http://www.paymastertruck.com/DNN47/Info/LaterModels/tabid/86/Default.aspx

    Confirms that there is nothing new under the sun, and especially on TV.

  82. Ron Dean (10:01:26) :

    “This idea is around 40 years old. NASA did a study on trucks in the 1970s, and concluded the “boat tail” was the optimal design for wind drag. The study went no where though – until now.”

    http://www.nasa.gov/centers/dryden/news/FactSheets/FS-100-DFRC.html

    Many drag reduction tricks have been adopted in newer trucks, but for some reason this boat tail is left in the dustbin. There are many articles, patents even, on the idea from over the years. I may be wrong, but I suspect it makes the rear end squirrelly under certain conditions. I can’t help but think that were this to save a lot of money and not kill people there’d been long ago all kinds of truckers and companies screaming to stick them on their trailers. It wouldn’t have taken long to figure out how to get it off and on, or design something else that worked the same.
    Curious this is being looked at now, when the push is on to save the planet.

  83. Anybody actually own a boat that has one of those boat tails ? Just curious.

    If the gizmo cuts the drag; it stands to reason that it would diminish the effect of drafting, which is dependent on driving in air that is moving forward.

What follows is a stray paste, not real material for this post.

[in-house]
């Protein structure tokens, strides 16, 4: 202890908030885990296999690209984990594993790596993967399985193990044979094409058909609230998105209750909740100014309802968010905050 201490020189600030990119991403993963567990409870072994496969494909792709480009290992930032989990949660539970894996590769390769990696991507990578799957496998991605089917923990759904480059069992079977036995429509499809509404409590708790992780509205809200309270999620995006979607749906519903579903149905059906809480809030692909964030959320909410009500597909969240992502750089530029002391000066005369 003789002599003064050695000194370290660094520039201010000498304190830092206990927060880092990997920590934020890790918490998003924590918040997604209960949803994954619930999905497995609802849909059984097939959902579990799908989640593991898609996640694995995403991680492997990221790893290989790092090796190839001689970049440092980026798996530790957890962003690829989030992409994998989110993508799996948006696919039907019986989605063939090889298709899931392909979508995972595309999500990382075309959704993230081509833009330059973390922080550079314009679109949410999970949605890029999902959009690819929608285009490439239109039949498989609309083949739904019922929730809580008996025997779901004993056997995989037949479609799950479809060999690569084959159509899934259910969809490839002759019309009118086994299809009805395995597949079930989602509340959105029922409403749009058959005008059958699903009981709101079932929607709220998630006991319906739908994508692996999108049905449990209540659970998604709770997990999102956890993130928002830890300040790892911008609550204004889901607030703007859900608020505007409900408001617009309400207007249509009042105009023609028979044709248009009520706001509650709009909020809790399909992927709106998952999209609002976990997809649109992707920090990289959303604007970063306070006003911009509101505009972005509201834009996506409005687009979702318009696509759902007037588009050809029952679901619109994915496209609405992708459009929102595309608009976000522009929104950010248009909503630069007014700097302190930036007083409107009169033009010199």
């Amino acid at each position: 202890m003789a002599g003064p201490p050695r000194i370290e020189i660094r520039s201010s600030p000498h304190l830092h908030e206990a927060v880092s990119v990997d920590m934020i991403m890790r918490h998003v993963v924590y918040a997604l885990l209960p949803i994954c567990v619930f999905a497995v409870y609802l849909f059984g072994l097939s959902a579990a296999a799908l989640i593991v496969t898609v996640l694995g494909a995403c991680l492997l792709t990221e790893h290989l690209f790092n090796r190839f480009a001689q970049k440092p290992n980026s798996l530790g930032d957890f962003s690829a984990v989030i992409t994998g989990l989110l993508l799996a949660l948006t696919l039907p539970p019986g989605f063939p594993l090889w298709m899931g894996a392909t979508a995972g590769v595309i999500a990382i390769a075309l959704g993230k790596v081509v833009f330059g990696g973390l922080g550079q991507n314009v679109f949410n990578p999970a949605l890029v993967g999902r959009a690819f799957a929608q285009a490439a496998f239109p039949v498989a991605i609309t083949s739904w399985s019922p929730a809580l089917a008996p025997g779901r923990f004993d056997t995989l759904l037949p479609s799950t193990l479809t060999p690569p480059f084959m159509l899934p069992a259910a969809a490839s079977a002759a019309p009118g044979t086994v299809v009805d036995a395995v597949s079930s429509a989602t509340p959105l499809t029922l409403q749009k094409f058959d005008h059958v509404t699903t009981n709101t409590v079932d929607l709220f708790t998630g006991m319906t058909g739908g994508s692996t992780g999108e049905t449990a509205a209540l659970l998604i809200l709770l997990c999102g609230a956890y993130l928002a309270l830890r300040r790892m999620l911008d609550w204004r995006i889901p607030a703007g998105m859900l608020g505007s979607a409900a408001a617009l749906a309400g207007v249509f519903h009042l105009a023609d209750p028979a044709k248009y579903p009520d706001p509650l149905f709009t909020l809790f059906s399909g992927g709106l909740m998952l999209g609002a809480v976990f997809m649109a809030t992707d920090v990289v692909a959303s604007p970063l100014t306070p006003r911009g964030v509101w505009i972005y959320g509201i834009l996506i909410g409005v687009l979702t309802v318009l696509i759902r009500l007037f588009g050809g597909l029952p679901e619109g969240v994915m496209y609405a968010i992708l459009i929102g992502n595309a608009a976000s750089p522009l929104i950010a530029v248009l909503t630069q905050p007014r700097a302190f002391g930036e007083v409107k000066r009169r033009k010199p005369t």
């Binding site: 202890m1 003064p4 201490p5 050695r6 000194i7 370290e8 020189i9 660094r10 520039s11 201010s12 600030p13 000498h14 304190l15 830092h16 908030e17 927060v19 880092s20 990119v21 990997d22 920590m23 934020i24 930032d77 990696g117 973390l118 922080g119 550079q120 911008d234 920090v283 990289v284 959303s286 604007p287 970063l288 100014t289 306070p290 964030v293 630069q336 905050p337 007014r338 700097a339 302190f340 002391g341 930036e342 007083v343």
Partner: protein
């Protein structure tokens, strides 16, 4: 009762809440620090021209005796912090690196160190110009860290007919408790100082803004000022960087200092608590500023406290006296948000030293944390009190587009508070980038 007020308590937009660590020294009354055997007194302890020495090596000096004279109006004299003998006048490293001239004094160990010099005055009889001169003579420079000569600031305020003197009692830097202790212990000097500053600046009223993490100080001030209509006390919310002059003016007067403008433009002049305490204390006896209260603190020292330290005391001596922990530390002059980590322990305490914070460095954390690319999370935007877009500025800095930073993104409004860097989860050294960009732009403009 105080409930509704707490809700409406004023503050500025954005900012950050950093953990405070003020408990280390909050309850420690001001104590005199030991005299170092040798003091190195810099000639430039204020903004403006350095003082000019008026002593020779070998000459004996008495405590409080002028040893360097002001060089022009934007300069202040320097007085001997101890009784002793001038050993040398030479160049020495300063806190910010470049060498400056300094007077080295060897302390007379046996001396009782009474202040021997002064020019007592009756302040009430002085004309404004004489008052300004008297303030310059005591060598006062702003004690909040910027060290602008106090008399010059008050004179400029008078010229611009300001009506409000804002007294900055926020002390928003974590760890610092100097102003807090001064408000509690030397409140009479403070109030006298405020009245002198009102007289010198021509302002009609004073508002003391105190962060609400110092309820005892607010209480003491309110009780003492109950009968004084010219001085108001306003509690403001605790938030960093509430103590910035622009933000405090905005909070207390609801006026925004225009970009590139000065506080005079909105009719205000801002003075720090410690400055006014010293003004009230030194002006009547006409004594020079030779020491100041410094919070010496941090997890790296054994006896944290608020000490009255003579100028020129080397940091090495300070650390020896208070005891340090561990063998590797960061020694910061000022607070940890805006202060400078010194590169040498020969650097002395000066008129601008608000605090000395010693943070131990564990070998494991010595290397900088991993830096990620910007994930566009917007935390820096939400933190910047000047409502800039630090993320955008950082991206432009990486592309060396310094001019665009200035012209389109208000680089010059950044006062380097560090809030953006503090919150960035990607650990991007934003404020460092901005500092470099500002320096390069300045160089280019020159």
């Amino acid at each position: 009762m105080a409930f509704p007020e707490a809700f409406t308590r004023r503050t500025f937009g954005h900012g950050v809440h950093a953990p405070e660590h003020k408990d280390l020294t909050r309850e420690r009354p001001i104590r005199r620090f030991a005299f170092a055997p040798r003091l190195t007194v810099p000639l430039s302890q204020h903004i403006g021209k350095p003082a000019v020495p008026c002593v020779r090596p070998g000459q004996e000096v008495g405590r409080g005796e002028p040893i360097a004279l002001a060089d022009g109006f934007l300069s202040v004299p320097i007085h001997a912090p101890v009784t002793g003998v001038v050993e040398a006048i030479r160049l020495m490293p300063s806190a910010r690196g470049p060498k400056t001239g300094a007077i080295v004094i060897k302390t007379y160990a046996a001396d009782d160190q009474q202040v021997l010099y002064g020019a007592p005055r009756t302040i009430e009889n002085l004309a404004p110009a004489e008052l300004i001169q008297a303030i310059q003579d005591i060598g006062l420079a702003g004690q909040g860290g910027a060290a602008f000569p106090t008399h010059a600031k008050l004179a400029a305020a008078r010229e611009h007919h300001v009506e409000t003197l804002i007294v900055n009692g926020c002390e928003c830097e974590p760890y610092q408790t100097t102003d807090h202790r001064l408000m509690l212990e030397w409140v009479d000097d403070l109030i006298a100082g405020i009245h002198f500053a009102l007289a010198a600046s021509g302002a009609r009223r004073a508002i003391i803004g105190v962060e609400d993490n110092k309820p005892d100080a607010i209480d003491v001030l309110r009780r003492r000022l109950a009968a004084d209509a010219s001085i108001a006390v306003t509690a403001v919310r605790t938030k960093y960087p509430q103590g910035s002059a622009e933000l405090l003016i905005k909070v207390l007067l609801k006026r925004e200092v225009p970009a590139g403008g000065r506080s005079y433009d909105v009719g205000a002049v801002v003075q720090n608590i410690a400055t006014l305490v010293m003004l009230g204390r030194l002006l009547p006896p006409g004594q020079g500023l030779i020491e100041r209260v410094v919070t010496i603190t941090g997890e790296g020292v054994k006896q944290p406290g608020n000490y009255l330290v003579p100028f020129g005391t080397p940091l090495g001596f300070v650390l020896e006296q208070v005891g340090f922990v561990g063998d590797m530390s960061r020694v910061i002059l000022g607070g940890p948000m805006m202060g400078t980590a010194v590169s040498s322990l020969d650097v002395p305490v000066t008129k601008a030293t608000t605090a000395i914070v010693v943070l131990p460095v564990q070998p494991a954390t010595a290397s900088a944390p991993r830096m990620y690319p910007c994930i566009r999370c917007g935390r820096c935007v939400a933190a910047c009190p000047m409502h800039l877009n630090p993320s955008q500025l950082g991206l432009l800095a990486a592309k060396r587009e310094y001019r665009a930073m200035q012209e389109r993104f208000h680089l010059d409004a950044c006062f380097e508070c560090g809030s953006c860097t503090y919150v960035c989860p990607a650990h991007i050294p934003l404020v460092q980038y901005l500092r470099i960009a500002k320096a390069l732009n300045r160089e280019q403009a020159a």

The 3-M sharkskin tape that Dennis Connor used on Stars and Stripes in the 1987 Americas Cup match in Fremantle Autralia; only works in water; it wouldn’t work in air. You can now buy fly lines (from 3-M Scientific Anglers) that have that sharkskin finish. They shed water like a greased duck’s back.

    There might be other surface finishes which reduce viscous drag in air. I notice that modern fighter aircraft have a dull matte finish on their pain jobs. Part of it is stealth (377 Ohm paint); but part of it is viscous drag; but maybe it is only effective at high airspeeds; so wouldn’t work on trucks.

  84. Those boattails just aren’t going to work. Since a trailer is length, width and height limited, it’s volume limited. Adding volume to the trailer to save fuel is less cost effective in the long run than adding volume to carry freight. Freight pays the bills. It may work on short trailers where GCWR is maxed out, like beer trucks. Mmmm, beer…

  85. Roger Carr (02:17:59) and LarryOldtimer (23:44:10), thanks for the reference on US fossil fuel reserves. It would be (and to some extent already is) the height of folly not to use our abundant resources for fear of CO2 and other eco-boogeymen.